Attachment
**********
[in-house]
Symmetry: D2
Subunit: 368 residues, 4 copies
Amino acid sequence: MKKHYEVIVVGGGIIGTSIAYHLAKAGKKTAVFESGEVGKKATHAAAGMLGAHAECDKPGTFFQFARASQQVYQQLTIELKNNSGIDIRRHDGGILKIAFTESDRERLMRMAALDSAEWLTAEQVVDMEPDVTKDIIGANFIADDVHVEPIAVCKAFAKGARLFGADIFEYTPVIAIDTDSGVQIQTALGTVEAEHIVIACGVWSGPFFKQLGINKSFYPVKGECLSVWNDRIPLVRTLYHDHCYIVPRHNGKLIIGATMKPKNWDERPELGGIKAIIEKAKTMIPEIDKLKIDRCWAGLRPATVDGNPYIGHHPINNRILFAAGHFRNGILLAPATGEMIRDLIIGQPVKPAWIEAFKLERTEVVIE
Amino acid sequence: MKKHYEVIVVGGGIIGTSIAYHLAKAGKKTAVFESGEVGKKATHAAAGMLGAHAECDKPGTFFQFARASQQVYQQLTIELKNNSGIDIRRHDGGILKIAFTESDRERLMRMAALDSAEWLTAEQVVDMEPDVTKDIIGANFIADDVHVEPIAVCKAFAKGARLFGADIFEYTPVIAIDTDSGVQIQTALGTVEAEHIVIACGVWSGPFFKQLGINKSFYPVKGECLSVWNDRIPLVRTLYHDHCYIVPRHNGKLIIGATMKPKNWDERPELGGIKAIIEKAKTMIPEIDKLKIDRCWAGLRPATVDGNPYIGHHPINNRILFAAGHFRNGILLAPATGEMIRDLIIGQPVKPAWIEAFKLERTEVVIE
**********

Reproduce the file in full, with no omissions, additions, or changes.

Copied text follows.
[in-house]
Symmetry: D2
Subunit: 368 residues, 4 copies
Amino acid sequence: MKKHYEVIVVGGGIIGTSIAYHLAKAGKKTAVFESGEVGKKATHAAAGMLGAHAECDKPGTFFQFARASQQVYQQLTIELKNNSGIDIRRHDGGILKIAFTESDRERLMRMAALDSAEWLTAEQVVDMEPDVTKDIIGANFIADDVHVEPIAVCKAFAKGARLFGADIFEYTPVIAIDTDSGVQIQTALGTVEAEHIVIACGVWSGPFFKQLGINKSFYPVKGECLSVWNDRIPLVRTLYHDHCYIVPRHNGKLIIGATMKPKNWDERPELGGIKAIIEKAKTMIPEIDKLKIDRCWAGLRPATVDGNPYIGHHPINNRILFAAGHFRNGILLAPATGEMIRDLIIGQPVKPAWIEAFKLERTEVVIE
Amino acid sequence: MKKHYEVIVVGGGIIGTSIAYHLAKAGKKTAVFESGEVGKKATHAAAGMLGAHAECDKPGTFFQFARASQQVYQQLTIELKNNSGIDIRRHDGGILKIAFTESDRERLMRMAALDSAEWLTAEQVVDMEPDVTKDIIGANFIADDVHVEPIAVCKAFAKGARLFGADIFEYTPVIAIDTDSGVQIQTALGTVEAEHIVIACGVWSGPFFKQLGINKSFYPVKGECLSVWNDRIPLVRTLYHDHCYIVPRHNGKLIIGATMKPKNWDERPELGGIKAIIEKAKTMIPEIDKLKIDRCWAGLRPATVDGNPYIGHHPINNRILFAAGHFRNGILLAPATGEMIRDLIIGQPVKPAWIEAFKLERTEVVIE